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converge

[ kuhn-vurj ]
/ kənˈvɜrdʒ /
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See synonyms for: converge / converging on Thesaurus.com

verb (used without object), con·verged, con·verg·ing.
to tend to meet in a point or line; incline toward each other, as lines that are not parallel.
to tend to a common result, conclusion, etc.
Mathematics.
  1. (of a sequence) to have values eventually arbitrarily close to some number; to have a finite limit.
  2. (of an infinite series) to have a finite sum; to have a sequence of partial sums that converges.
  3. (of an improper integral) to have a finite value.
  4. (of a net) to be residually in every neighborhood of some point.
verb (used with object), con·verged, con·verg·ing.
to cause to converge.

OTHER WORDS FOR converge

1 approach, focus, come together.
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Origin of converge

First recorded in 1685–95, converge is from the Late Latin word convergere to incline together. See con-, verge2

OTHER WORDS FROM converge

non·con·verg·ing, adjectivere·con·verge, verb (used without object), re·con·verged, re·con·verg·ing.un·con·verged, adjectiveun·con·verg·ing, adjective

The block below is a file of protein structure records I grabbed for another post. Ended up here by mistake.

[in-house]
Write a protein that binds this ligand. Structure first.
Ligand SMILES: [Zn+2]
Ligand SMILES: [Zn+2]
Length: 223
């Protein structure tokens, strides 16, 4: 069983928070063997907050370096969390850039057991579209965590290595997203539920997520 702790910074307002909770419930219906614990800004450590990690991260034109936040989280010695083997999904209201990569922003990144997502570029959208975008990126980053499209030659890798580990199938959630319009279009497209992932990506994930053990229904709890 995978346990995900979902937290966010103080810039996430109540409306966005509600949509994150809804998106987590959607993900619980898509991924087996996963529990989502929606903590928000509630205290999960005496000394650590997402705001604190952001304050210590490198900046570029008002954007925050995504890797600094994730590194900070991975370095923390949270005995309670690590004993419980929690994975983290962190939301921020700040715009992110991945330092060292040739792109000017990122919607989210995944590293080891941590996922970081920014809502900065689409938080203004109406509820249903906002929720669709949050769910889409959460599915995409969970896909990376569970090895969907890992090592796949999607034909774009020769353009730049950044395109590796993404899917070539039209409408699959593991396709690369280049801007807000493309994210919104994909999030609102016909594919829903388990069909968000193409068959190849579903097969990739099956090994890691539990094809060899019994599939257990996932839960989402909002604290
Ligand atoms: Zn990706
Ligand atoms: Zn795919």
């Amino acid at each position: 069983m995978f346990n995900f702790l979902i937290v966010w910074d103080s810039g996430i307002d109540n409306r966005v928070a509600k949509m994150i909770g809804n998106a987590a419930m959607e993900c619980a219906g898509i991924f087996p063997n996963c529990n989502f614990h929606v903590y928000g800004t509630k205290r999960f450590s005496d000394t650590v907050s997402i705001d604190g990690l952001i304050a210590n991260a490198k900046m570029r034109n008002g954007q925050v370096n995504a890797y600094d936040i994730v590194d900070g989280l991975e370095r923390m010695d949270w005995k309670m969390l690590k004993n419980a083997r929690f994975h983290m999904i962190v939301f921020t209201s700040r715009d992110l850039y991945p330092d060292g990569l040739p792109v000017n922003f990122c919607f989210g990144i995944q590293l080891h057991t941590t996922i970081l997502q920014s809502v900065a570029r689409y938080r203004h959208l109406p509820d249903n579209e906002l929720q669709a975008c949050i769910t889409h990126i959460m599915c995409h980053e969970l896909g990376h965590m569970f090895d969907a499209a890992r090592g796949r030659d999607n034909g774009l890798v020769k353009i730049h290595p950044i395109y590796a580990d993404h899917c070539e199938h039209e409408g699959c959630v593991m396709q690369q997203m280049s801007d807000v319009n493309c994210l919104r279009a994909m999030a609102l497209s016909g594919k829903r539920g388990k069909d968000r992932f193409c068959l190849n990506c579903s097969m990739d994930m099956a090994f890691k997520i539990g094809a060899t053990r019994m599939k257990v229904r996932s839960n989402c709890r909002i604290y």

Dictionary.com Unabridged Based on the Random House Unabridged Dictionary, © Random House, Inc. 2022

How to use converge in a sentence

British Dictionary definitions for converge

converge
/ (kənˈvɜːdʒ) /

verb
to move or cause to move towards the same pointcrowds converged on the city
to meet or cause to meet; join
(intr) (of opinions, effects, etc) to tend towards a common conclusion or result
(intr) maths (of an infinite series or sequence) to approach a finite limit as the number of terms increases
(intr) (of animals and plants during evolutionary development) to undergo convergence

Word Origin for converge

C17: from Late Latin convergere, from Latin com- together + vergere to incline
Collins English Dictionary - Complete & Unabridged 2012 Digital Edition © William Collins Sons & Co. Ltd. 1979, 1986 © HarperCollins Publishers 1998, 2000, 2003, 2005, 2006, 2007, 2009, 2012

Scientific definitions for converge

converge
[ kən-vûrj ]

To tend toward or approach an intersecting point.
In calculus, to approach a limit.
The American Heritage® Science Dictionary Copyright © 2011. Published by Houghton Mifflin Harcourt Publishing Company. All rights reserved.
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